Navigant Research Blog

Disney vs. Netflix as Analogy for Auto Incumbents vs. Uber and Lyft

— January 2, 2018

TV and movie businesses may not seem like the best analogy for the automotive industry and the future of transportation, but if you consider the evolving relationships, there are some fascinating parallels. The relationship between two of the world’s largest media companies, incumbent Disney and insurgent Netflix, is becoming increasingly tenuous as both look to leverage disruptive technologies. In the mobility space, we are seeing a surprisingly similar dynamic between major automakers and ride-hailing companies like Uber and Lyft, with Alphabet and Apple on the periphery of the battle.

The Evolution of Entertainment as a Service

It’s now been a full decade since Netflix began its pivot from mailing plastic discs to customers to streaming video over the internet. Until a few years ago, Netflix was completely dependent on the willingness of content creators like Disney, Fox, Warner, and others to provide the materials that it mailed or streamed to subscribers. The studios did this in exchange for licensing fees because they saw it as advantageous to get in front of viewer’s eyeballs on the new distribution channel.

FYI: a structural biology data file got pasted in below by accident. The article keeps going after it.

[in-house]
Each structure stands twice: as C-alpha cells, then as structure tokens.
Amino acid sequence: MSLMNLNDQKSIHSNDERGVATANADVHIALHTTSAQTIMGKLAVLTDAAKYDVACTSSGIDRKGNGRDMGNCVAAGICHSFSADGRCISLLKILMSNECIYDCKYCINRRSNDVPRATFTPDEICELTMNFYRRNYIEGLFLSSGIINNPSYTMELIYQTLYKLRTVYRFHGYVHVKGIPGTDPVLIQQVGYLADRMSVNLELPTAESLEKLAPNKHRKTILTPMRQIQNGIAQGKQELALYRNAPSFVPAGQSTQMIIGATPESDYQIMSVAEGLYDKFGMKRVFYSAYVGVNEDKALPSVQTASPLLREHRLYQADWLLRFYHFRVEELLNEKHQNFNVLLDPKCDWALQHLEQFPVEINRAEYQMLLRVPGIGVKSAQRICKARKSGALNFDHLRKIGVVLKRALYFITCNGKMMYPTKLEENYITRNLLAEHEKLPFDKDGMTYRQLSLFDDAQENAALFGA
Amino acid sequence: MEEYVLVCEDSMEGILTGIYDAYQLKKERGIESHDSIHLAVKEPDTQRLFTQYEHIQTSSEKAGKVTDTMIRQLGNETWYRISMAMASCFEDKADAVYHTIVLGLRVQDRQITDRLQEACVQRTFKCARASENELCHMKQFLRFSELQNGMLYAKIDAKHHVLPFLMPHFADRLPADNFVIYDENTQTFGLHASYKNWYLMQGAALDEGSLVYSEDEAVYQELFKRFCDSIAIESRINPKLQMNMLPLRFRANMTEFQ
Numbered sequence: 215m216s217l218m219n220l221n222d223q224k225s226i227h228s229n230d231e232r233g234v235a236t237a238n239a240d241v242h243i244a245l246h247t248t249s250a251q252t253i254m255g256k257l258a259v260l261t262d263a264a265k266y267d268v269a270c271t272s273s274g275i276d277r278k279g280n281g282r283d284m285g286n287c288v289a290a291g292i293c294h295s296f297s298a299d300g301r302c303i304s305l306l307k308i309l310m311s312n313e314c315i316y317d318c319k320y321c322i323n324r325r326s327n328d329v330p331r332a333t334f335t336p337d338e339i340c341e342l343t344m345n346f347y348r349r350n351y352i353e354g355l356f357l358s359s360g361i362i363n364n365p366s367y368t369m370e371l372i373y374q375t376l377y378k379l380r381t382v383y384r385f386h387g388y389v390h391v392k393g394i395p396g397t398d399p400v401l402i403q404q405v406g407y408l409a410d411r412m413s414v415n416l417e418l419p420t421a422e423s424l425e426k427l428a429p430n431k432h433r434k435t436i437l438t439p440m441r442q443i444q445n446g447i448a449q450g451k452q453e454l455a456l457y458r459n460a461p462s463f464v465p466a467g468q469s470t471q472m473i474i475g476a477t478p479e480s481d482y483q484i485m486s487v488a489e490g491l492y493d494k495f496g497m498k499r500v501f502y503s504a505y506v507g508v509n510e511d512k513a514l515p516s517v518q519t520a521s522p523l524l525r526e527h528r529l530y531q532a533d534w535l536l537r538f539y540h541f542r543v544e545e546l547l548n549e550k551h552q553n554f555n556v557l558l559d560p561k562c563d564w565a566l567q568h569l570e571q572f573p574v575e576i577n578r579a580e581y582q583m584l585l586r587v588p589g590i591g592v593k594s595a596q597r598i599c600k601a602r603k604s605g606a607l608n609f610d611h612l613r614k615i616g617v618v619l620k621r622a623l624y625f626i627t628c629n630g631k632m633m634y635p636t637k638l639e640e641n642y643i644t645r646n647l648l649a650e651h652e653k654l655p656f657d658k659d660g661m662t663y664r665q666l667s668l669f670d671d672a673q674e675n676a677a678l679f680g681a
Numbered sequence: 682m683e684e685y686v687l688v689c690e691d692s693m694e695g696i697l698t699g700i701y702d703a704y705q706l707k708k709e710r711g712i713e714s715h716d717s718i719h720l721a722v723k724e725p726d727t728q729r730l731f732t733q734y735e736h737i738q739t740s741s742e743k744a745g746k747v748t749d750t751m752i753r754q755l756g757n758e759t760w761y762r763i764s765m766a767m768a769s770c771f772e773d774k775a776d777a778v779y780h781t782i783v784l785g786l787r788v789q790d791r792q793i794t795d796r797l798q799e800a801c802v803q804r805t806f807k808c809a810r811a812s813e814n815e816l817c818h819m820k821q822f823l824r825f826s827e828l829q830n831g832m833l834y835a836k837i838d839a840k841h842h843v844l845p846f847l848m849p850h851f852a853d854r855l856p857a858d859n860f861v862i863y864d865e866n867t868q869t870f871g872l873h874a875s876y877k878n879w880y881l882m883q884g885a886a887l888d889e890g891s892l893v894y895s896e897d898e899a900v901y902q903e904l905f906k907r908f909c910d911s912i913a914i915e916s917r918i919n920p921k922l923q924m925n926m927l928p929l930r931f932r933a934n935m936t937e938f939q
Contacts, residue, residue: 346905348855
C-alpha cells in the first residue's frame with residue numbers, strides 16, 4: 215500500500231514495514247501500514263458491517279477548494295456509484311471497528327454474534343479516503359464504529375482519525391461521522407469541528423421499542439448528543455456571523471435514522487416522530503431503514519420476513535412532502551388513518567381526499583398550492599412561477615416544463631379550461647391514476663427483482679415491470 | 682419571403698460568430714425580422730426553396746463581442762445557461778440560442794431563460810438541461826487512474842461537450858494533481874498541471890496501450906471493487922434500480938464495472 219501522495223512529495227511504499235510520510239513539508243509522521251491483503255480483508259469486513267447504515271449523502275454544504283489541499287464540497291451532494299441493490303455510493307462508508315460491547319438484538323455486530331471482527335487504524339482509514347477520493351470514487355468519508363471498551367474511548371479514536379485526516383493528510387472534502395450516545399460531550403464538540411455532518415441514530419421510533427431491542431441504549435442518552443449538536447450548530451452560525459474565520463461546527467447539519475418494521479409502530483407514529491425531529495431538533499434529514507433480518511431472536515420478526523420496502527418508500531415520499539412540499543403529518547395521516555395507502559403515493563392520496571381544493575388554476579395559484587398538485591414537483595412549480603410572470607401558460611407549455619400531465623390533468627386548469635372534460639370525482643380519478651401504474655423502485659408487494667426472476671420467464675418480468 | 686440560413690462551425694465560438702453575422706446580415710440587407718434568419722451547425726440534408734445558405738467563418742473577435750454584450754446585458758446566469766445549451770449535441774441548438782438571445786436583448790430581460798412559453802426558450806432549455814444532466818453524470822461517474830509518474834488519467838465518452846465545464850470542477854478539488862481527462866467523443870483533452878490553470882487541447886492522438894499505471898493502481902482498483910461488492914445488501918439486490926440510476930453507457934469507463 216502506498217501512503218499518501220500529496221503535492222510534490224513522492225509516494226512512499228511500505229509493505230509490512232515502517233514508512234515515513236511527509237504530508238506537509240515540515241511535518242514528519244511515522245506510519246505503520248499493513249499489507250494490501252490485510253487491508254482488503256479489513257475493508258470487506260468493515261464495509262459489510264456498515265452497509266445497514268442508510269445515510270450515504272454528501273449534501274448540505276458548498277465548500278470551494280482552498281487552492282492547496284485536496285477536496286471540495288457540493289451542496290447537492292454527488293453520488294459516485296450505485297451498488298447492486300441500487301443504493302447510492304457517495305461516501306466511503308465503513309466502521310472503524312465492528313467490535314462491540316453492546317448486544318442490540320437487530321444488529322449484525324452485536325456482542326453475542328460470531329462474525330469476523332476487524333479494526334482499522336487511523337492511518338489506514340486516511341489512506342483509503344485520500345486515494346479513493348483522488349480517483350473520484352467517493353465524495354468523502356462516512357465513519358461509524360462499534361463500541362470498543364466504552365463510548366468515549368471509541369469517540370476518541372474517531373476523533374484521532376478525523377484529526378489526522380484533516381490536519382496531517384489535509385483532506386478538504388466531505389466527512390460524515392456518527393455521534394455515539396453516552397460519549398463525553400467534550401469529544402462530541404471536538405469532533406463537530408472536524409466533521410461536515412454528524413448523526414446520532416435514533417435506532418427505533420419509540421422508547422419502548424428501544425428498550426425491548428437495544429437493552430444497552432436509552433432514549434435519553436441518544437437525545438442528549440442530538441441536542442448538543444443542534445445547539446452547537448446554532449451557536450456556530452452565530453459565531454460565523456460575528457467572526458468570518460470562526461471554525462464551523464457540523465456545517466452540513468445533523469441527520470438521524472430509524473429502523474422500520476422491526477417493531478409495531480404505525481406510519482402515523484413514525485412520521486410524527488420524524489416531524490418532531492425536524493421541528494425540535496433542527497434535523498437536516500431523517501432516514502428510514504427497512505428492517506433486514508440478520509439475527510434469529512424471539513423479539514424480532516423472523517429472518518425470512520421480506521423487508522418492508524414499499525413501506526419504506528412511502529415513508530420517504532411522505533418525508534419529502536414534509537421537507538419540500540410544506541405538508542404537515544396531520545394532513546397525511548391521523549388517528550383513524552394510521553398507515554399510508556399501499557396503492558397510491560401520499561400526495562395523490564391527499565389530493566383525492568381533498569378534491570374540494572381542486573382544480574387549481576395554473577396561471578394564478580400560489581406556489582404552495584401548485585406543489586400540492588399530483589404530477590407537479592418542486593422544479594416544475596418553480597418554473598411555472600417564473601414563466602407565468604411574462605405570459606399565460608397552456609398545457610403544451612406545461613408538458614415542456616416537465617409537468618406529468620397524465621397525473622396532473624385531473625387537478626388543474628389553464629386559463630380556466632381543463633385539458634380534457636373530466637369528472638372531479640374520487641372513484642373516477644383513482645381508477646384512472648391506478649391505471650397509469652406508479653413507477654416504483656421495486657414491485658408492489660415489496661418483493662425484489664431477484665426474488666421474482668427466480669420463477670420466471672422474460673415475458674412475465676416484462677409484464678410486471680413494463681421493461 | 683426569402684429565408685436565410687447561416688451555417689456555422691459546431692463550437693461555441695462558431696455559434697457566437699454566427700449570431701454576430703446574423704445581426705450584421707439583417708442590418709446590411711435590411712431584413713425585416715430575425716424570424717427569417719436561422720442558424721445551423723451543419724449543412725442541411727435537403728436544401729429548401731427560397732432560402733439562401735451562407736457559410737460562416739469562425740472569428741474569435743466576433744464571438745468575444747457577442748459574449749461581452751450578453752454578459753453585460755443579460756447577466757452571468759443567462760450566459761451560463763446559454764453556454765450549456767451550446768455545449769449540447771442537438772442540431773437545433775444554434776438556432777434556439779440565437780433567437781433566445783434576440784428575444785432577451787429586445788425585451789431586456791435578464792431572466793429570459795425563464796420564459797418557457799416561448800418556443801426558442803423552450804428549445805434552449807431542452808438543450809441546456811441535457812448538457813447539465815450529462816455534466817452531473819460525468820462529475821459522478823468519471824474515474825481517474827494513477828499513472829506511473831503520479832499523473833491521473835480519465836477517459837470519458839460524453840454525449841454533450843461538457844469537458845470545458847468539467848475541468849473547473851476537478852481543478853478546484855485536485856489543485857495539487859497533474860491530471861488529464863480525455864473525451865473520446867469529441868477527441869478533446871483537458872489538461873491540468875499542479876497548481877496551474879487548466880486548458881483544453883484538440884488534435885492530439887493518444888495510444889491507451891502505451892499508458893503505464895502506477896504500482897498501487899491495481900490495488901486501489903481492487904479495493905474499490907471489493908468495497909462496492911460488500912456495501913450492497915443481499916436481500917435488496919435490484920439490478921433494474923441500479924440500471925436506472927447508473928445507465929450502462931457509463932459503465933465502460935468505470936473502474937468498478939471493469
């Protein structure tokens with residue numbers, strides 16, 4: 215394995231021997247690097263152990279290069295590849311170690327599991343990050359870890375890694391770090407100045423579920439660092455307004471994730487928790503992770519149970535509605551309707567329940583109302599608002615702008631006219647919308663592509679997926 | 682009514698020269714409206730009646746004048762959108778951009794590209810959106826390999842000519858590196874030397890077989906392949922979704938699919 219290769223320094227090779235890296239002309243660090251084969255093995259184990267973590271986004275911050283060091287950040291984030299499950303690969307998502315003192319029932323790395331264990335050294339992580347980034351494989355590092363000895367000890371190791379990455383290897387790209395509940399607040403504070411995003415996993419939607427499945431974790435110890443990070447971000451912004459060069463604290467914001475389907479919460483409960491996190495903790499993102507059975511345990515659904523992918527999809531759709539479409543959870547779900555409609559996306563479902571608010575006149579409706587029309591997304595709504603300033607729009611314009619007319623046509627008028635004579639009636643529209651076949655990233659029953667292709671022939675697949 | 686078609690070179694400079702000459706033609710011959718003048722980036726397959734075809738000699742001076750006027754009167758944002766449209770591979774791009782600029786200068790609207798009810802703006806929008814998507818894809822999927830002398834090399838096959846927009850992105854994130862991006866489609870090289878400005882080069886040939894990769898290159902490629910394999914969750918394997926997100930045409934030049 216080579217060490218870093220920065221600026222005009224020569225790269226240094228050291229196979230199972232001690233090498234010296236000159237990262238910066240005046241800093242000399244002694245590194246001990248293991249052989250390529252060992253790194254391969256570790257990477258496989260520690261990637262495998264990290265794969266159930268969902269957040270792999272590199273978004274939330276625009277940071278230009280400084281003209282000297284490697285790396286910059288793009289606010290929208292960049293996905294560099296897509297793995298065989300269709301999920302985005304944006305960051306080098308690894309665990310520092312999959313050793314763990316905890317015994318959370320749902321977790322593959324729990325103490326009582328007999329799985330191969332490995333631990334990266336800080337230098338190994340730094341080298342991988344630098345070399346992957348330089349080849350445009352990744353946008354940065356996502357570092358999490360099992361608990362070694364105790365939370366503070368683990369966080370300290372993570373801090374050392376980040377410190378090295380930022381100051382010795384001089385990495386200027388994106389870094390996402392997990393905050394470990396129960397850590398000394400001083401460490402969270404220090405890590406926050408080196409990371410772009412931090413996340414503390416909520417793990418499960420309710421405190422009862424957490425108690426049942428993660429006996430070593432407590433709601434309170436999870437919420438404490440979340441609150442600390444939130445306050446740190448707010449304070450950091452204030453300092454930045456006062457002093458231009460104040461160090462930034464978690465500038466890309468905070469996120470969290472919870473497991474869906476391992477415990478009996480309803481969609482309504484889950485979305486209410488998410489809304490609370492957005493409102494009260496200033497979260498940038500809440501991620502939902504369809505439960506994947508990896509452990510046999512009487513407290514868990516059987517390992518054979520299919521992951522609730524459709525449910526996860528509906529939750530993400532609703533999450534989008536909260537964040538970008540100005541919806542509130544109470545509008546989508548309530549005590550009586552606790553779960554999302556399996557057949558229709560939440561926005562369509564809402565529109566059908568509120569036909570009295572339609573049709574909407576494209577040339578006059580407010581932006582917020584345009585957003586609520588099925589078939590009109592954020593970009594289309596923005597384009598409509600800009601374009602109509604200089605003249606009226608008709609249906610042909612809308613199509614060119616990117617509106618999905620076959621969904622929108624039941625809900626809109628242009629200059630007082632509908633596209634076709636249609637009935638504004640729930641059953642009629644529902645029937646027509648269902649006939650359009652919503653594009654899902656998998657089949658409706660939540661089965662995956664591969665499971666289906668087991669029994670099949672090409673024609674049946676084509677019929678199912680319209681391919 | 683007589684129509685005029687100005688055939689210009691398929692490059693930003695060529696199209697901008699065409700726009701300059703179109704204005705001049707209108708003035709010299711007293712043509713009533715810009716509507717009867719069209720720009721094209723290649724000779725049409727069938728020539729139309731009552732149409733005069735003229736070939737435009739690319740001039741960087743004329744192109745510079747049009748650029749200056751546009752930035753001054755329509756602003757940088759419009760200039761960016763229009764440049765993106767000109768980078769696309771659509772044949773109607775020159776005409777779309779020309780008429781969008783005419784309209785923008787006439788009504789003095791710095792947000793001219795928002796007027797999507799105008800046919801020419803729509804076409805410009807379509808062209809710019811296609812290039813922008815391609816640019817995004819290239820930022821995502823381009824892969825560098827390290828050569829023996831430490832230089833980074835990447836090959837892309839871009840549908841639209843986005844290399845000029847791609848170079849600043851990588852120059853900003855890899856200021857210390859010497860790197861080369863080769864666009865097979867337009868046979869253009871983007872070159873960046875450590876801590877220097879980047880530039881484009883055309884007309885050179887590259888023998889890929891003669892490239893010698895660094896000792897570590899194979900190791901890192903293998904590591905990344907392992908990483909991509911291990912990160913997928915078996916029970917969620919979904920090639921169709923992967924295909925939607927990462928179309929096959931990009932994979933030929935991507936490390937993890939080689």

At first, the number of people watching Disney content on Netflix was relatively low and the studio saw it as an interesting experiment. The revenue numbers were small and had to be split with the distributor. Now, as it has become increasingly apparent that consumers are shifting away from paying to go to theaters and paying for cable TV services in favor of direct streaming to TVs and mobile devices, the idea of splitting that revenue pie has lost its appeal.